First Class, To Bordeaux

First Class To Bordeaux


I leave Paris today. I feel anxious, tense, as though I’m leaving some business unfinished, though I can’t say what business, exactly. I pace a bit, leave my packing to the last minute.

The sky is grey, and rain threatens. It’s brooding weather. I ask David if he will be happy to have the house to himself again, and he only says that it will be quiet without me.

Normally I feel jubilant when it is time to leave. Leaving is like being born into something new all over again. But not this time. I’ve been to Paris a million times, but somehow I feel like I’ll never see it again.

David makes me coffee, and we stand across from each other at the partition that separates the kitchen from the dining room, as though we are at a bar. It’s always funny to me that we do this. Why not sit? But it actually feels like we are somewhere else when we stand here.

My bags are heavy, bulky, and packed, finally. David appears in the doorway to my bedroom, and flashing that smile—the one that feels like sun on warm earth—he says he is going out to get bread, and asks if I want some, as though he were offering me something illicit, forbidden. Yes, I say. For once, without hesitation. Damn the gluten. Does bread in France even have gluten in it? At this moment I’m willing to believe it does not.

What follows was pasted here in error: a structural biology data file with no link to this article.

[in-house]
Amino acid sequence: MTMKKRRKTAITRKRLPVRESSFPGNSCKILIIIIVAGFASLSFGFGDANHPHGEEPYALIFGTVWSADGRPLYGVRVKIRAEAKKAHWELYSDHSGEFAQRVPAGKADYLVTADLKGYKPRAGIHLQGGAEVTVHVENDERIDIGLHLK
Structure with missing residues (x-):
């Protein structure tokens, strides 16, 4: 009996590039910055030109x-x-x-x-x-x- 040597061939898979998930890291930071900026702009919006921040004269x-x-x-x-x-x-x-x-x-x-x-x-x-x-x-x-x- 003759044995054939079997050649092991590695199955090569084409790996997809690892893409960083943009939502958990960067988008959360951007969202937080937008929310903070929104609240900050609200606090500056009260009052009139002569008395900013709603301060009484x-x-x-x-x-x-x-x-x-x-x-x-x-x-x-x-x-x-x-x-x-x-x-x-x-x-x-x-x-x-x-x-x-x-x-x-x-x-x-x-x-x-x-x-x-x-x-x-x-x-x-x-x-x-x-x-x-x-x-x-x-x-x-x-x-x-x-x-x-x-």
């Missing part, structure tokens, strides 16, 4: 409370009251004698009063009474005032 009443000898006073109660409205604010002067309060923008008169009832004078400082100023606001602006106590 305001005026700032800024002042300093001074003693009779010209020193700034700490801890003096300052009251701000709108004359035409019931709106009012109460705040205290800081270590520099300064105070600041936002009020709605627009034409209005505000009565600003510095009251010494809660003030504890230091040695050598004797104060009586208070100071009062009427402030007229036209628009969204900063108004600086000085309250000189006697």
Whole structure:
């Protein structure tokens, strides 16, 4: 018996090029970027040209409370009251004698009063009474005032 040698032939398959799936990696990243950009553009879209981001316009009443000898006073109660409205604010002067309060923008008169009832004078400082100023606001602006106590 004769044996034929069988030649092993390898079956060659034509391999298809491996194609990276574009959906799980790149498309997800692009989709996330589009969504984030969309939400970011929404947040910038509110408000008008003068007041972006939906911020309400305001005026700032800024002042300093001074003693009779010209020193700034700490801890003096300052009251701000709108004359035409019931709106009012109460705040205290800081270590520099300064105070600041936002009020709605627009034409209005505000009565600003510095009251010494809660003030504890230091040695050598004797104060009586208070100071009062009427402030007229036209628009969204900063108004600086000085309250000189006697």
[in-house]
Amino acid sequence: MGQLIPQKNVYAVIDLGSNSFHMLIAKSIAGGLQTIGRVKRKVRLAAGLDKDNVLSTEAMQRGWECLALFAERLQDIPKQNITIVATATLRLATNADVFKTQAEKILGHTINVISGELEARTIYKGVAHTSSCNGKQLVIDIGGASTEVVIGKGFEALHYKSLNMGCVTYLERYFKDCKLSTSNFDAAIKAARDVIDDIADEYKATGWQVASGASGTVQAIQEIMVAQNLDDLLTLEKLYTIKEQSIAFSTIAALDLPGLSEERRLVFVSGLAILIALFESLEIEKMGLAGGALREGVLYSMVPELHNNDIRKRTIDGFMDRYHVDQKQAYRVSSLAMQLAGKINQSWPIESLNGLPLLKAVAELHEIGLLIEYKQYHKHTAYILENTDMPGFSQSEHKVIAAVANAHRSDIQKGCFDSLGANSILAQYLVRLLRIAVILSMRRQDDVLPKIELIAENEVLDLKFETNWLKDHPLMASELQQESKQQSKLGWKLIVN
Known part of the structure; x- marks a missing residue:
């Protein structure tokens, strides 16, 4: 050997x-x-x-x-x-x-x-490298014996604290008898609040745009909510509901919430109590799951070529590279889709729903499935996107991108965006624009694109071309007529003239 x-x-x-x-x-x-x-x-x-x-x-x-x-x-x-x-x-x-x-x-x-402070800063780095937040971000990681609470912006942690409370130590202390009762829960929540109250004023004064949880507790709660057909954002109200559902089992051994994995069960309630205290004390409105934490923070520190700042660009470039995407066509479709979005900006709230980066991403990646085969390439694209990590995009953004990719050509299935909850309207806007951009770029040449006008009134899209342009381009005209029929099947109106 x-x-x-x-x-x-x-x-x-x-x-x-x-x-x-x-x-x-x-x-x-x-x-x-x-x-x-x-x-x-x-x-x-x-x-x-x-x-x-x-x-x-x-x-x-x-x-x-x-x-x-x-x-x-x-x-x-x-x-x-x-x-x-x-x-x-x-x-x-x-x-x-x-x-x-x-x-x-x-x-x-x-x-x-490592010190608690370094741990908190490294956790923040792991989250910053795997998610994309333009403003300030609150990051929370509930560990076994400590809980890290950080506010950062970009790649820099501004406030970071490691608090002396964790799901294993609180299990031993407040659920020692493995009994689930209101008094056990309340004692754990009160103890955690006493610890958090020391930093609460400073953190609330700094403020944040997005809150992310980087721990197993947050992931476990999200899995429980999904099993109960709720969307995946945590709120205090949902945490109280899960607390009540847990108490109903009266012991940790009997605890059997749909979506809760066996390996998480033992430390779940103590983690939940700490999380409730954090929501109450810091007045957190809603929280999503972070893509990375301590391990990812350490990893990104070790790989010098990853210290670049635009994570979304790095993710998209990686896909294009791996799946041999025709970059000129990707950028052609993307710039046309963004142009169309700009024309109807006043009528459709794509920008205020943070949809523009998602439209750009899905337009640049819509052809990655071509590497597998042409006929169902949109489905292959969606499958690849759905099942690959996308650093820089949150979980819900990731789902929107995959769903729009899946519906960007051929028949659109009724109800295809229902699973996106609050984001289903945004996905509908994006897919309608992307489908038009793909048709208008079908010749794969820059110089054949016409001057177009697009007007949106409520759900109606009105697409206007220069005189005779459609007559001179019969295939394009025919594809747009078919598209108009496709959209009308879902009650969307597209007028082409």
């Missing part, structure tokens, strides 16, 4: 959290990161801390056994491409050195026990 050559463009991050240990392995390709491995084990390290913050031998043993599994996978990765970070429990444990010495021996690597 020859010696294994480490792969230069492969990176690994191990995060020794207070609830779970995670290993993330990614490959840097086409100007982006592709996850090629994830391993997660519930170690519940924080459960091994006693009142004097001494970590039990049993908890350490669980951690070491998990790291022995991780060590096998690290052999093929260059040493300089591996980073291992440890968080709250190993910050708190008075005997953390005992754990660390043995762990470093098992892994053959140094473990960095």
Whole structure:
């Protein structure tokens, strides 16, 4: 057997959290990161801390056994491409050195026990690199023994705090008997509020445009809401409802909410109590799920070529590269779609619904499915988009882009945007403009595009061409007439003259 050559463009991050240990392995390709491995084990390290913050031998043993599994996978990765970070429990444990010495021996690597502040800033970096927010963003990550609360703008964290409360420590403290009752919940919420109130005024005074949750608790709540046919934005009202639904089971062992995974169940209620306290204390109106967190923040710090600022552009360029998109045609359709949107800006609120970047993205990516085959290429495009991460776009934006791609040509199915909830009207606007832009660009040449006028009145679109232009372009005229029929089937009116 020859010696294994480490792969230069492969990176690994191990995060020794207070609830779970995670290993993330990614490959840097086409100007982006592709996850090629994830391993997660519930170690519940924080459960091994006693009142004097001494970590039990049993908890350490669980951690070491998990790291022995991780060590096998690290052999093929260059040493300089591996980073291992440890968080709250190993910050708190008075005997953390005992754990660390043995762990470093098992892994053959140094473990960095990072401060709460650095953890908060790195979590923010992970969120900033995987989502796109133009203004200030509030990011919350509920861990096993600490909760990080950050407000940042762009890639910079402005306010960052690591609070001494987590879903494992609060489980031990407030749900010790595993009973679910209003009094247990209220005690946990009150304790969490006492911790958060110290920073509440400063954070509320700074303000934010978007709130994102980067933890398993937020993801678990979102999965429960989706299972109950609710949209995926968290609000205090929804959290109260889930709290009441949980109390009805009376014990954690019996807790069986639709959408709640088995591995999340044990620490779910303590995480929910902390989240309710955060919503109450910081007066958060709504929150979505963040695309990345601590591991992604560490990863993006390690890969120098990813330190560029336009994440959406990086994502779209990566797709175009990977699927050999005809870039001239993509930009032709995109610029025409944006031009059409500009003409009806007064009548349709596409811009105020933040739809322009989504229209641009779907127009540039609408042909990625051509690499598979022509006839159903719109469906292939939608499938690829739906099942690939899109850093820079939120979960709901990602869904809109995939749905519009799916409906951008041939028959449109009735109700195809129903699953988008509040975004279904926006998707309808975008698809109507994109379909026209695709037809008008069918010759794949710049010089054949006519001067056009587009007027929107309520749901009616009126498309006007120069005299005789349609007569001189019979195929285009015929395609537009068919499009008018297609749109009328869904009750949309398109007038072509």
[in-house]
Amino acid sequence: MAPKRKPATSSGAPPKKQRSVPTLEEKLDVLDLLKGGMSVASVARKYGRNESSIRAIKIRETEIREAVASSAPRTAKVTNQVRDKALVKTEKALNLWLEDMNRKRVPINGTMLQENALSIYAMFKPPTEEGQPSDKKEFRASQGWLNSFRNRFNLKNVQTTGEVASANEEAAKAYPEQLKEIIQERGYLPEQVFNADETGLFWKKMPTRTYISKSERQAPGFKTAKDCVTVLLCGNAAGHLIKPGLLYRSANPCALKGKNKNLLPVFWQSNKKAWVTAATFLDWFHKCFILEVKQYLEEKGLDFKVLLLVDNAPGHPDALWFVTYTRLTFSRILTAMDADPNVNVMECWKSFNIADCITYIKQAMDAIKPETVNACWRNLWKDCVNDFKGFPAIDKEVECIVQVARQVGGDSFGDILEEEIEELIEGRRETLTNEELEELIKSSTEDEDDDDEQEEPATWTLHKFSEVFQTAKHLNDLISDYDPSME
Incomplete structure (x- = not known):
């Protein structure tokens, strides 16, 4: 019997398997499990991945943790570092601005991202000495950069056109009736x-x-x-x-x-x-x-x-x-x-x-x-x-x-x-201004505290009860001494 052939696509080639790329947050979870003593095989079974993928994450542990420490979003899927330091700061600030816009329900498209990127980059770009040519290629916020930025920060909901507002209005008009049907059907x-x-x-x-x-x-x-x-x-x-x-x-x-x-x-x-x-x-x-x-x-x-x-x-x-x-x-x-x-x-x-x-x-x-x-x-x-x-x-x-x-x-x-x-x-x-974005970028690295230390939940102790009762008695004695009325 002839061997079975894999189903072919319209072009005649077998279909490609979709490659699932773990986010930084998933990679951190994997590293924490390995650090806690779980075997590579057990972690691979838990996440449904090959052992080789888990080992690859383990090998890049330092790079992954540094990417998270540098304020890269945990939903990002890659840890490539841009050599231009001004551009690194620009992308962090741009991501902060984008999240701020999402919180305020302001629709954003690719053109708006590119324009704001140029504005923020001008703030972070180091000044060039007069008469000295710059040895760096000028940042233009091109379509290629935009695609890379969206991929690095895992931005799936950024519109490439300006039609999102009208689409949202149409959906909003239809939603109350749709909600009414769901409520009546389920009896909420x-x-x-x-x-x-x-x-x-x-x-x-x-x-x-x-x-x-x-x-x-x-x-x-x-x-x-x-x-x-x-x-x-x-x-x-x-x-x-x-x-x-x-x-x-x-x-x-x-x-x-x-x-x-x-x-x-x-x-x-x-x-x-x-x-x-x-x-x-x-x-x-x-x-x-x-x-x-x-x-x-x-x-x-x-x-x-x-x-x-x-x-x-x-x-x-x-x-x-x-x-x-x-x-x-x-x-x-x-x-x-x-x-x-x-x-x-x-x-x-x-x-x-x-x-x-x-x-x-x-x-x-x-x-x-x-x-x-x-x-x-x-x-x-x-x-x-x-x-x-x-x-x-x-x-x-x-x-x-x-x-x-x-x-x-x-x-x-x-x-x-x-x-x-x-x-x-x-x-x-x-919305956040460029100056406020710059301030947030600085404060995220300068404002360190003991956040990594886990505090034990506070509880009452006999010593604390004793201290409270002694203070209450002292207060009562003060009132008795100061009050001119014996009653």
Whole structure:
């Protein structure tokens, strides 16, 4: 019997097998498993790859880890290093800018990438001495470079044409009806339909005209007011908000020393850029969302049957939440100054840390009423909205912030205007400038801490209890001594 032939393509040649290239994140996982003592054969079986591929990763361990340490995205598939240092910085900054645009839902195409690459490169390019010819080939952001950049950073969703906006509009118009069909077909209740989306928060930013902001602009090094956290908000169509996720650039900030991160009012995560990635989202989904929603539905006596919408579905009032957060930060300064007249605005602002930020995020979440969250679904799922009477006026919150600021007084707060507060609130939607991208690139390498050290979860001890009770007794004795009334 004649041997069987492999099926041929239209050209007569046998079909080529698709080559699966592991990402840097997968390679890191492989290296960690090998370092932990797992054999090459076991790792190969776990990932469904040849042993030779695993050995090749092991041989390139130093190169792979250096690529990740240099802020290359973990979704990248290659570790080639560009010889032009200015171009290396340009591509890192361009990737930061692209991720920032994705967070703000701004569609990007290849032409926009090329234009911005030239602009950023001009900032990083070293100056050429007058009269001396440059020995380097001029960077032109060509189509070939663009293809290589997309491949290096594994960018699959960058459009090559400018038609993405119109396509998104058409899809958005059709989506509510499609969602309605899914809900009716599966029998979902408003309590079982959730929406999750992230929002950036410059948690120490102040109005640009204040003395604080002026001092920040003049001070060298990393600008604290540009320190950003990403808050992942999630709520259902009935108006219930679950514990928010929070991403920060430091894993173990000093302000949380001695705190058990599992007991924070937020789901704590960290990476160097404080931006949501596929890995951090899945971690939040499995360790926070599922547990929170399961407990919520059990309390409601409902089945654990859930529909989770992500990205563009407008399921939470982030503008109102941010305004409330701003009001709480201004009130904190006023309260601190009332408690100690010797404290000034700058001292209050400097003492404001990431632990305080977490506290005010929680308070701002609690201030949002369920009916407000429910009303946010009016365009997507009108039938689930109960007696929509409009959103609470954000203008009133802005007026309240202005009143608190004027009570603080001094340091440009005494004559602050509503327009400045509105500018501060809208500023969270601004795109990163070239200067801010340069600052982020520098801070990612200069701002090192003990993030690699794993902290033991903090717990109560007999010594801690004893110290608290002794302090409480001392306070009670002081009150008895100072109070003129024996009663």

David leaves for the boulangerie, and I go and stare out the window at the sky, at the street, both seemingly the same dirty grey.

I decide to rearrange my luggage, and when I am done, David is back and has packed me lunch: a sandwich and a surprise. He hands it over with laughter in his eyes (what color are they, blue-hazel, green-grey?). For the First Class Passenger, he teases.

It’s time to go. No more pacing. No turning back. It’s Bordeaux now, and whatever was unfinished in Paris will stay that way.

David puts on his blue wool coat and walks me to the bus stop, waits with me, holding one of my large bags. I tell him to put it down on the bench, but he says, it rains. Not, it’s raining, but it rains…il pleut. These little Frenchisms are so charming. I wonder if the French ever find Englishisms charming, or if they just grate on the ears.

The bus is packed. David gets on with me for a moment, because I can’t manage my luggage at first. Then he steps down, smiling, somehow emitting some kind of light that takes the place of words that are not said. I kiss his cheek, he kisses mine. And then the bus swallows me into its swollen belly and swims through the streets of Paris, to Montparnasse station.

Car 11, Seat 74

I struggle to get my luggage on the train, and am amazed that an able bodied man is standing behind me, watching. It would be so easy for him to help me, so easy to be a gentleman. But he is not a gentleman, he is a Voyeur. I feel him watching me intently as I first struggle to hoist my luggage onto the train, then to get both bags up onto the luggage racks. Cheap thrills for a man who was apparently raised in an orphanage.

I find my seat and open my lunch. It feels like a birthday present. David has packed me a sandwich of rillettes de porc and cornichons, chopped up inside. I love cornichons. I worry that I don’t have a napkin, then realize he’s wrapped it in two paper towels, folded like a napkin. I’m suddenly famished, remembering that I had strong coffee on an empty stomach.